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Saturday, March 31, 2012

On women's fiction, women writers, and initials

I just came across this very interesting, although not particularly surprising, piece in the NY Times about differences in perception and treatment of men and women writers. Not just treatment by readers, but by the whole publishing industry--from cover fonts and art to placement at the bookstores.

Of course this isn't surprising. At the last writers' conference I attended, agents (both male and female) made a big deal about "chick lit"has evolved into "women's fiction." But, the grown up version of chick-lit is still relegated to the bottom shelves, next to the romance novels. Whereas a man and woman might write the same story, the male author will get the more interesting, gender-neutral cover with a bolder title font, and a book blurb with more focus on the action and less on the heroine.

Is it any wonder Joanne K. Rowling wrote as JK rather than Joanne?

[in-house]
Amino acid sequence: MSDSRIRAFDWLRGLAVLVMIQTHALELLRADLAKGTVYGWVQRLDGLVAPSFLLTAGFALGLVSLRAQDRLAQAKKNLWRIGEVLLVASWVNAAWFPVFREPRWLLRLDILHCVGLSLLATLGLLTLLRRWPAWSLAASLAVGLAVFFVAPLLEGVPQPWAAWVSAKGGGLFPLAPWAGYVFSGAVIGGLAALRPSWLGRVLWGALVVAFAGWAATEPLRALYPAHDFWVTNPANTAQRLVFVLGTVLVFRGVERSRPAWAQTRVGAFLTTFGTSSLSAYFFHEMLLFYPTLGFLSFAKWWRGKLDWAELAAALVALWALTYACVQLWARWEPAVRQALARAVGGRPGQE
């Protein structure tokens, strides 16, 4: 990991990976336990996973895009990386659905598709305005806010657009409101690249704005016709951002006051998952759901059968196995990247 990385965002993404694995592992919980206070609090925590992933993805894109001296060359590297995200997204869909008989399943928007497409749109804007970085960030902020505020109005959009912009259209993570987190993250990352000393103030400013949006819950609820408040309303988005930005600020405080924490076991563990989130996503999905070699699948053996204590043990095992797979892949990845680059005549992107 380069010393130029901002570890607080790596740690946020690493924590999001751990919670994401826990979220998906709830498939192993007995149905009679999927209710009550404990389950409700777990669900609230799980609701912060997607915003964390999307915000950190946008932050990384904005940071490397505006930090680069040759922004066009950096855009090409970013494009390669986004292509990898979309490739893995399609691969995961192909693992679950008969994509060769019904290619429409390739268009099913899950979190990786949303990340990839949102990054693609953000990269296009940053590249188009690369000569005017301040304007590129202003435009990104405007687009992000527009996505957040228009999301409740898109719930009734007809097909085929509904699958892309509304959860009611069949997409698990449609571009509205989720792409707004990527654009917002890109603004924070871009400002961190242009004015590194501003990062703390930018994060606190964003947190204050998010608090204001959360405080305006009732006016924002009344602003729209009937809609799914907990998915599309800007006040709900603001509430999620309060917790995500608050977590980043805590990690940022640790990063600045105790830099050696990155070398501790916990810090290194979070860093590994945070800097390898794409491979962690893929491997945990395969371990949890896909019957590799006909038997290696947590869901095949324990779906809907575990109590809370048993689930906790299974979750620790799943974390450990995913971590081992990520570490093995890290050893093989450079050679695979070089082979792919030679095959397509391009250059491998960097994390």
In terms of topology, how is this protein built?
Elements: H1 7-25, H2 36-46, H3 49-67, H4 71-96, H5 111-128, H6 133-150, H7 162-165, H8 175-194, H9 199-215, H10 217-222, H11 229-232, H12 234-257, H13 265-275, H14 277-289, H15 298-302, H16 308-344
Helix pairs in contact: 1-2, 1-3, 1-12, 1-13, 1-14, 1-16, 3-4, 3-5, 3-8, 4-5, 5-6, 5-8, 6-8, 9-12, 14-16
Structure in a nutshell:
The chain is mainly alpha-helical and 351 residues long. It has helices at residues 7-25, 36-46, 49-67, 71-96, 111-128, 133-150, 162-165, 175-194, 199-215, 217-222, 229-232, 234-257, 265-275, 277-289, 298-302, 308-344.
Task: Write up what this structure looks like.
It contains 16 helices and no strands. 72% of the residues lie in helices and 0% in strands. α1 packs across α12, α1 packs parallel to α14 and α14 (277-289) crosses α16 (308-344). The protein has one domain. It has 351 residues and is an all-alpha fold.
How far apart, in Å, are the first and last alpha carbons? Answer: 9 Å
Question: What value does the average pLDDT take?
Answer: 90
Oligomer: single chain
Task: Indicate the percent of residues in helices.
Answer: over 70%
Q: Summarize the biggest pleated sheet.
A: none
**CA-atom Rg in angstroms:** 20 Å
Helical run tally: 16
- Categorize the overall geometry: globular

Is it any wonder I considered only using LM for Chupacabra?

I don't write chick-lit, I don't write romance, and I don't write about knights riding to the rescue of the damsel in distress. In Marina Melee, George's eventual romantic interest had a very minor role and wasn't even present at the end of the book. The romance was secondary to the madness and mayhem George faced on Sao Jorge. The sex wasn't, but that was separate and apart from the romance. The sex was just part of who George was, right along with the drinking, gambling, and golf. It's a guy's story. It just happens to be written by a woman.

According to the NY Times article, that means the audience who would most enjoy it, who should most read it, won't ever pick it up because it's written by a woman. I don't have any doubt it's true since a male friend who knows I don't have a romantic bone in my body, assumed because I'm a woman writer, Marina Melee must be a romance.

Once again, I'm considering publishing Chupacabra as LM Hinkey, rather than Lynne (that damn "e" keeps prevents any possible ambiguity a "Lynn" has). Maybe I need to find the correct box to put myself in, but for now, it eludes me. The boxes that people expect don't fit. In the south particularly, people expect women to write southern fiction. I don't. I just live here. And I don't write "women's fiction," as I'm expected to do, either. I'm a female writer. And I don't write paranormal romance with vampires and werewolves, even though there is a supernatural beast in my current work.